New Toyota GR86 prototype review
A prototype drive of the new Toyota GR86 shows that there's plenty to look forward to when it officially arrives in Europe
As the majority pull away from delivering exciting, enjoyable and fun driver’s cars Toyota’s GR division has developed another great performance car to join the GR Yaris and Supra. In the GR86 it’s taken the old GT86 recipe and added a few new key ingredients to deliver a freshly prepared alternative to today’s endless buffet of electric vehicles.
Many thought that when Toyota reinvented the Supra there would be room for only one front-engined, rear-wheel drive sports coupe in the company’s line-up, the entry-level GT86 destined to be quietly discontinued. Time for the many to think again.
Officially unveiled in final European specification on 2nd December (hence the Christmas wrapping paper disguise of our test car), the GR86 we’re driving on both road and track is a prototype, although that’s a very loose term as this car looks and feels production-ready. Crucially, it drives like a finished car, and a very good one at that.
The positives start with the interior that is far from night and day improved over the GT86 but the areas that required attention have received them. There’s a new seat that offers improved lateral support and is far more comfortable for those wishing to cover bigger distances. A new TFT instrument display is easier to read with more clarity to the dials, and the centre console and infotainment system are far better integrated, the quality of the materials more in keeping with a sports coupe.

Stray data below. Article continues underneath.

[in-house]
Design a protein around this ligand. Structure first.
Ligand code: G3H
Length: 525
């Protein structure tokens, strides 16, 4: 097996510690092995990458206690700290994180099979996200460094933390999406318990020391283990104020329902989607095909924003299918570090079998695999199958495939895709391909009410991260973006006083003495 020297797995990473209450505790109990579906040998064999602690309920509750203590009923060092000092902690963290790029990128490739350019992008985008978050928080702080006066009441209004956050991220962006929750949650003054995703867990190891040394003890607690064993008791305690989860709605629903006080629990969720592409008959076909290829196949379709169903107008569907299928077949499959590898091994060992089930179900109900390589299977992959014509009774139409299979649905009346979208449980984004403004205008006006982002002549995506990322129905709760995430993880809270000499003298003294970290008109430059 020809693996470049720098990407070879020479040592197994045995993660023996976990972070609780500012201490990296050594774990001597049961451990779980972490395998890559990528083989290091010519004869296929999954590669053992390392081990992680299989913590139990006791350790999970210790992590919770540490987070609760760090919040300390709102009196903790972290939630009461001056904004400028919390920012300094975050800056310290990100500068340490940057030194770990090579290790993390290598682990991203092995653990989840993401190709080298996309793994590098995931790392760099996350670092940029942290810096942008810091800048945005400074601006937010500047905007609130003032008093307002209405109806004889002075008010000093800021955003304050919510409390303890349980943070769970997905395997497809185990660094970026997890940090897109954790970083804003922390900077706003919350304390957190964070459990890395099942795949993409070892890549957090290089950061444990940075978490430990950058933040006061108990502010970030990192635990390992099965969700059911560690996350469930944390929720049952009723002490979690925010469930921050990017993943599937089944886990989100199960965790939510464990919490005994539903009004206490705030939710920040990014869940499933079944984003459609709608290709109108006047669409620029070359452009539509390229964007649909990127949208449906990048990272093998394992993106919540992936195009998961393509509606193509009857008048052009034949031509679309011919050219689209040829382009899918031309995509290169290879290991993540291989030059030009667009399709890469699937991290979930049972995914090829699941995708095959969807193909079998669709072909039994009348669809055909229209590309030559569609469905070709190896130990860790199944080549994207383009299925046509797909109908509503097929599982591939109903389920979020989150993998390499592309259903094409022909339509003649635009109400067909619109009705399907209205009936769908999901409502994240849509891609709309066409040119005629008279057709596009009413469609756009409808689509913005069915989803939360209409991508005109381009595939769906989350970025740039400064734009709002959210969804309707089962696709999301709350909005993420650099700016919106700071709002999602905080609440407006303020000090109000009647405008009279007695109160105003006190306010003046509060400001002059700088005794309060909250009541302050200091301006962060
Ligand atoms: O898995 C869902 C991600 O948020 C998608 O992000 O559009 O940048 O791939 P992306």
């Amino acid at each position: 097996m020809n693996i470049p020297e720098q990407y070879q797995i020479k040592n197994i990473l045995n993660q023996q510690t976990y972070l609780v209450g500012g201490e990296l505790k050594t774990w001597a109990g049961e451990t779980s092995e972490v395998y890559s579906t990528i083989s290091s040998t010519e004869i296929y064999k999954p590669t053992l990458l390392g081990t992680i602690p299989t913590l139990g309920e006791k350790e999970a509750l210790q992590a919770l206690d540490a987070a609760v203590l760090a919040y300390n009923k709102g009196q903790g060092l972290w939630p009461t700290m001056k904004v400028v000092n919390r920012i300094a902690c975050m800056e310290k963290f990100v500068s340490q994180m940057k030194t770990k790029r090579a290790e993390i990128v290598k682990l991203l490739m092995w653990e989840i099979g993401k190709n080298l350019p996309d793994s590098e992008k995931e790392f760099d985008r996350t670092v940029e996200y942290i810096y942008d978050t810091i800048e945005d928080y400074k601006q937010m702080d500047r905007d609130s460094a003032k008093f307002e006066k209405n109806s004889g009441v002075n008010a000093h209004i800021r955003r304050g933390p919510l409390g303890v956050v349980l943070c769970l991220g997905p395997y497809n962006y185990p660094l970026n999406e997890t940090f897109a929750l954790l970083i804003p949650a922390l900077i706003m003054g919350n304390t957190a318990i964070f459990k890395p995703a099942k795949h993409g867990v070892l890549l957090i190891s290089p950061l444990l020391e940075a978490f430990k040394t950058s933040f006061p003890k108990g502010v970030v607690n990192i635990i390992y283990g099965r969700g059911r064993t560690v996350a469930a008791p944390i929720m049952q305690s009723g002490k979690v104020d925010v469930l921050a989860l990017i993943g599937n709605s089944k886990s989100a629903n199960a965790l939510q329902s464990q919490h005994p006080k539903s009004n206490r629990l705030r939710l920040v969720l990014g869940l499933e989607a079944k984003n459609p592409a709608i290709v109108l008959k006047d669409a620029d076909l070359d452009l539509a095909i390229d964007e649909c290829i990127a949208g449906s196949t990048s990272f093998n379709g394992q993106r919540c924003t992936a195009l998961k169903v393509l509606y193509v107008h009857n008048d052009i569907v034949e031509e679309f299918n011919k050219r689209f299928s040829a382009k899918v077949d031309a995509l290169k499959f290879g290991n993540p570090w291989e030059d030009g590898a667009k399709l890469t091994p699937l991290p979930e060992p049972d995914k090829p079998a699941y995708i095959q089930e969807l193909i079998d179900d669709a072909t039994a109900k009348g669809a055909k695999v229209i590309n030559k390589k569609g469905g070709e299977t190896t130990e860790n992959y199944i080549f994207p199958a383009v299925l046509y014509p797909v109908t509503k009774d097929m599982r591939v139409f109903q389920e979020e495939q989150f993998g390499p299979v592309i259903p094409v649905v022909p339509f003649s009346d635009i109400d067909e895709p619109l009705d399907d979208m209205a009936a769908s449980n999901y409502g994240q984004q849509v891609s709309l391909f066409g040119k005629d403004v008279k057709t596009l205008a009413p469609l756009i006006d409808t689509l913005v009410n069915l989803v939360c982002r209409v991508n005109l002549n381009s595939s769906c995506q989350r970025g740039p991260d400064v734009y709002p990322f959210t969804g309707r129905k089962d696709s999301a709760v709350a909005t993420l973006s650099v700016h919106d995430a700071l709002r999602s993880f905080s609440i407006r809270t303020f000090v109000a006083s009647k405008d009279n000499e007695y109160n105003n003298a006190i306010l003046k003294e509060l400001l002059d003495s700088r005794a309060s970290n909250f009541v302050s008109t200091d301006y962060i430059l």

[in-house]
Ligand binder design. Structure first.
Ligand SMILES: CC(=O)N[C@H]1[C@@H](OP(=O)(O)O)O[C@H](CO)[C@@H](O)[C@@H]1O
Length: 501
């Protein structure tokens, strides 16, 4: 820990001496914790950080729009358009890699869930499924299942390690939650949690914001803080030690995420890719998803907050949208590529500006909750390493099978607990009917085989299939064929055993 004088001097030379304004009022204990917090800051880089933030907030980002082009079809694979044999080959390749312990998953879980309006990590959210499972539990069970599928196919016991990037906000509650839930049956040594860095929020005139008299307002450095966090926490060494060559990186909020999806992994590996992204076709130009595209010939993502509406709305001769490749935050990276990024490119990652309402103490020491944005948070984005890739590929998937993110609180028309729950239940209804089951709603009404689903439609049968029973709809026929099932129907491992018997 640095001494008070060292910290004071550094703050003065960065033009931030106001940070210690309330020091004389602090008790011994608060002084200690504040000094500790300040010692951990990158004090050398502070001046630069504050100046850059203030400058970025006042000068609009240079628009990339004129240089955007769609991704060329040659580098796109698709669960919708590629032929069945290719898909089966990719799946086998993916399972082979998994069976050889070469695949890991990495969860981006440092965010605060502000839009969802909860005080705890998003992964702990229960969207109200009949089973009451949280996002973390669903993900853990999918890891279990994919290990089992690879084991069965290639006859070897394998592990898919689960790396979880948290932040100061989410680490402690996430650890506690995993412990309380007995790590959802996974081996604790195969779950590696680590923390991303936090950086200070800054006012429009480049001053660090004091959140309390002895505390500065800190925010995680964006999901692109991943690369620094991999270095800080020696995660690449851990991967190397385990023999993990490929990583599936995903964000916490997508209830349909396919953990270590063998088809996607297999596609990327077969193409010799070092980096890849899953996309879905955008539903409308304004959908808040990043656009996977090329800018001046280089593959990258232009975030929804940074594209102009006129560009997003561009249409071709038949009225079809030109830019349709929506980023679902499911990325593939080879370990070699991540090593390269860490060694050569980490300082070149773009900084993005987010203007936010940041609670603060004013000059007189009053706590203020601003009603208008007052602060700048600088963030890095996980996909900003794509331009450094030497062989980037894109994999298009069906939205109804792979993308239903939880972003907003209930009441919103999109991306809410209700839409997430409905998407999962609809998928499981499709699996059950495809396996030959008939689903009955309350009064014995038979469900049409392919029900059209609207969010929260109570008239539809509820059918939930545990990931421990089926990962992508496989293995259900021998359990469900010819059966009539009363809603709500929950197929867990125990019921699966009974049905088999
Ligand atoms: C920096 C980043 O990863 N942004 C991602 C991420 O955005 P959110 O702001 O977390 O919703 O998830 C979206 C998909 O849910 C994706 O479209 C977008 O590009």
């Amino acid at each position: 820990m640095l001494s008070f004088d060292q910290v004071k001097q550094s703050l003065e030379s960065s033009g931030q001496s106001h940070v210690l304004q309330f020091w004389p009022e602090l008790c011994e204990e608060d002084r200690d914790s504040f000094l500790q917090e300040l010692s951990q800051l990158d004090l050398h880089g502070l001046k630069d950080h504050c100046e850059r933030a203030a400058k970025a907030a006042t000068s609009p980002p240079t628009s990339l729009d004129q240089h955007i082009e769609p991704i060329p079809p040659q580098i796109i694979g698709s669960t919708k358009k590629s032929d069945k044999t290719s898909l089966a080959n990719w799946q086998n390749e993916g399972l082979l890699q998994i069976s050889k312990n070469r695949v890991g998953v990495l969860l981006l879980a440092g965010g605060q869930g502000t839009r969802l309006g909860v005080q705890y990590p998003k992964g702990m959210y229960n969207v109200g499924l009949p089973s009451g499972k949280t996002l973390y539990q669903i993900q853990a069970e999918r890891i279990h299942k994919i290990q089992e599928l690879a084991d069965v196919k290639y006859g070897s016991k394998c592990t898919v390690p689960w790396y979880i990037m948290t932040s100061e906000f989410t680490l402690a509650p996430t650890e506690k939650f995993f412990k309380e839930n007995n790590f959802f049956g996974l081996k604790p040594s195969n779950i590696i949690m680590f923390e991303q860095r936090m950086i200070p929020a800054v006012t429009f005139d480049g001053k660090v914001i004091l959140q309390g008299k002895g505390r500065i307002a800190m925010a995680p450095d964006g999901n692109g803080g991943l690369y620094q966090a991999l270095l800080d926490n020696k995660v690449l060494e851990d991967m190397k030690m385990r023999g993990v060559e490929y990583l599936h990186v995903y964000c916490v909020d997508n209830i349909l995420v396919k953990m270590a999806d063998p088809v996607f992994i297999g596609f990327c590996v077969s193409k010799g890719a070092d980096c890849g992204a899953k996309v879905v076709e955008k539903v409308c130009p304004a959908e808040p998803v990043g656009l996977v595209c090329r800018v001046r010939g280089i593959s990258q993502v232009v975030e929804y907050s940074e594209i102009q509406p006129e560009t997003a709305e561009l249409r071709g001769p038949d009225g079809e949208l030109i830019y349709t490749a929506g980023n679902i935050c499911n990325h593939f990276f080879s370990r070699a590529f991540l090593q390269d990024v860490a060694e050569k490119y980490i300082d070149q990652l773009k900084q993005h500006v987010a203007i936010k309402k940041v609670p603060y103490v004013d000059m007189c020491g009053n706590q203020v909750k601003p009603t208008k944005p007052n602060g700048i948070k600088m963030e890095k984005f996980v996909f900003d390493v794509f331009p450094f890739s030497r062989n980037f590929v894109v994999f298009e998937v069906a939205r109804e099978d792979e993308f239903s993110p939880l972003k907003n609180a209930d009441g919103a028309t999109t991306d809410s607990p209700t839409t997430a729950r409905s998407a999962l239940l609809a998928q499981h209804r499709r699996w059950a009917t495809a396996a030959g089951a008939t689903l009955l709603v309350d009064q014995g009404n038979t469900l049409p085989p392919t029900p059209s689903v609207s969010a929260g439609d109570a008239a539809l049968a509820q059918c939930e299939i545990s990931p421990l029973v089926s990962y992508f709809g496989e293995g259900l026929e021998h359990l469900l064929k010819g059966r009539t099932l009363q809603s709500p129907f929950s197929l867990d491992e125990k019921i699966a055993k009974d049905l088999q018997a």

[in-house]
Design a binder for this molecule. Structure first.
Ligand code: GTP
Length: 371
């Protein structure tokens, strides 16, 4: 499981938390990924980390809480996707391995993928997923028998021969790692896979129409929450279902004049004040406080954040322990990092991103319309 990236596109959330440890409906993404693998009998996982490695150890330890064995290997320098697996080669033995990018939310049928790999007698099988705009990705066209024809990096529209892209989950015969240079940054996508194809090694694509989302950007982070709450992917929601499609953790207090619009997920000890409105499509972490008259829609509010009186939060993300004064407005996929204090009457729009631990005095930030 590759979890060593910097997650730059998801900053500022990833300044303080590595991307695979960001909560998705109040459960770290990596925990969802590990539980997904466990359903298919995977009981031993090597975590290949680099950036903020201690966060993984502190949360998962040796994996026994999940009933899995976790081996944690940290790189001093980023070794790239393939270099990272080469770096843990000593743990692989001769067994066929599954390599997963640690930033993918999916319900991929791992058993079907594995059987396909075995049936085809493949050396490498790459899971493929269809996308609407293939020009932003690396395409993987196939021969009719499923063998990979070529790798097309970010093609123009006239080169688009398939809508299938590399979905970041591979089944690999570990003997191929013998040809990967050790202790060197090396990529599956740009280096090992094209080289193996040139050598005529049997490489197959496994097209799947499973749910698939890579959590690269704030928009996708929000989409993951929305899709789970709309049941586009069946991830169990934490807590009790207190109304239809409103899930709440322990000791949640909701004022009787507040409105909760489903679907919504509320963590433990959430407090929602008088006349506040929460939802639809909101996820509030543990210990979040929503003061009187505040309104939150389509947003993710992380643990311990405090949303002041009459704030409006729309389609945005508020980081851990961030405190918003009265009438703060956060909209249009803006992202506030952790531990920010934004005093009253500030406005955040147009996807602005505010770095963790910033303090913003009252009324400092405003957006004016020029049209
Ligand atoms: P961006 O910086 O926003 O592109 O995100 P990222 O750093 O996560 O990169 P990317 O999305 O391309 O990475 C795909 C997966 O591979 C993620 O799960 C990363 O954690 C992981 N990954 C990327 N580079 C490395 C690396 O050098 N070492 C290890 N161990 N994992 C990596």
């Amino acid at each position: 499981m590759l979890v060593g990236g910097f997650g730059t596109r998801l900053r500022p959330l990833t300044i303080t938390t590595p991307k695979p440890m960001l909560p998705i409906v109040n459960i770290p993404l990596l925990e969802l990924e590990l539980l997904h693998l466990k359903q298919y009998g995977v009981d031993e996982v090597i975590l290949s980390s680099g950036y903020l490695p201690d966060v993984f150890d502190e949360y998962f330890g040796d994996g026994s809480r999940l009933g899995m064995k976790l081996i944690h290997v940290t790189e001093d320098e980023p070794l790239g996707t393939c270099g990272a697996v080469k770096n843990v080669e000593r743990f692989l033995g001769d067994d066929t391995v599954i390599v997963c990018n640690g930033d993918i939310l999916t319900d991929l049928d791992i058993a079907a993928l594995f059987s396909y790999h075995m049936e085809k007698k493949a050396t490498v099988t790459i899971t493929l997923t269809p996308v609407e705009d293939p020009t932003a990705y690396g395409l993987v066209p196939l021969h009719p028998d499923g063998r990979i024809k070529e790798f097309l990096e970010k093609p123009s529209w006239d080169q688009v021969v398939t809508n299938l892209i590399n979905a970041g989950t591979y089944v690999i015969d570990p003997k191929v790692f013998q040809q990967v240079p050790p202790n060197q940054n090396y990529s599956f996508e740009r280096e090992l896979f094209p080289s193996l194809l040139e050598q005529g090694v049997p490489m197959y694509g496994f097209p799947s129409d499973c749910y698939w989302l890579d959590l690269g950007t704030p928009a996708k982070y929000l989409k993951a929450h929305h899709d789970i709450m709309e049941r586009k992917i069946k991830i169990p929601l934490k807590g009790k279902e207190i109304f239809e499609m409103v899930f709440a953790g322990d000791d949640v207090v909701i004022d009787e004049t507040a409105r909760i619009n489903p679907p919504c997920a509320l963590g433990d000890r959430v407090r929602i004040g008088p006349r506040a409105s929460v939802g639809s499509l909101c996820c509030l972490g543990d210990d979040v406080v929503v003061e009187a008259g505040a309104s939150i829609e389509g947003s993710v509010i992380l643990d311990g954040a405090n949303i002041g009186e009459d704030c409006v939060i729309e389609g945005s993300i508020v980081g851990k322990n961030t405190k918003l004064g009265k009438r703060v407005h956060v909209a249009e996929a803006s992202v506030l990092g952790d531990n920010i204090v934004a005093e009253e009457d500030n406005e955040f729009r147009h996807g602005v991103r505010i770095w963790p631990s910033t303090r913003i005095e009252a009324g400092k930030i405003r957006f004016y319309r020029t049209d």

It’s when you press the starter and bring the Subaru-sourced 2.4-litre flat-four engine to life that the real changes take hold. There’s a more mature, engineered tone replacing the thrashy, rather thin sounding outgoing 2.0-litre unit, and the new exhaust system adds more bass and depth, with a sound more in keeping with your expectations of a sports car.
The switch to a larger capacity engine also answers one of the biggest bugbears of the GT86 - its lack of torque and need for high revs to keep the engine on the boil and the car in its sweet spot. Not anymore. There’s a 17 per cent increase in power to 234hp and torque not only swells by 45Nm to 250Nm but it arrives from 3,700rpm, nearly 3,000rpm lower in the rev range. This alone transforms the GR86.
No longer are you constantly throwing gears at it to maintain progress, wincing as the revs climb and the thrash metal band goes for it under the bonnet. At low revs, in a high gear it feels like a light-pressure turbo is puffing away so smooth and strong is the delivery. And as the revs climb the power and torque blend to deliver a level of performance that’s well matched to the majority of fun roads you’ll seek out in a car like the GR86. And when you’re not enjoying its newfound levels of performance it turns its hand to being a fine cruiser, rolling along at motorway speeds with an increased level of maturity.
While the engine is a revelation the chassis is more evolution. After all, there was little wrong with its predecessor. Therefore it’s stiffer and lighter, the centre of gravity has been lowered and every component of the chassis has been tweaked or upgraded to maximise the engine’s increased performance without losing any of the fun of its predecessor. It results in a coupe with great balance and neutrality so that when you reach its limits it remains faithful and predictable rather than snappy and angry. And from launch, there will be two tyres offered: a 17-inch Michelin Primacy or an 18-inch Michelin Pilot Sport 4.
On the road, its ride is controlled without being harsh and on the track it corners with remarkable flatness - and when you do breach its limits any slip from the rear axle is clearly telegraphed back to the driver to correct as required.
Intuitive and rewarding, the GR86 is another great addition to the GR family, where it will sit below the Yaris as the entry point to Toyota’s performance range.
|Price:||From £29,000 (est.)|
|Engine:||2.4-litre flat-four petrol|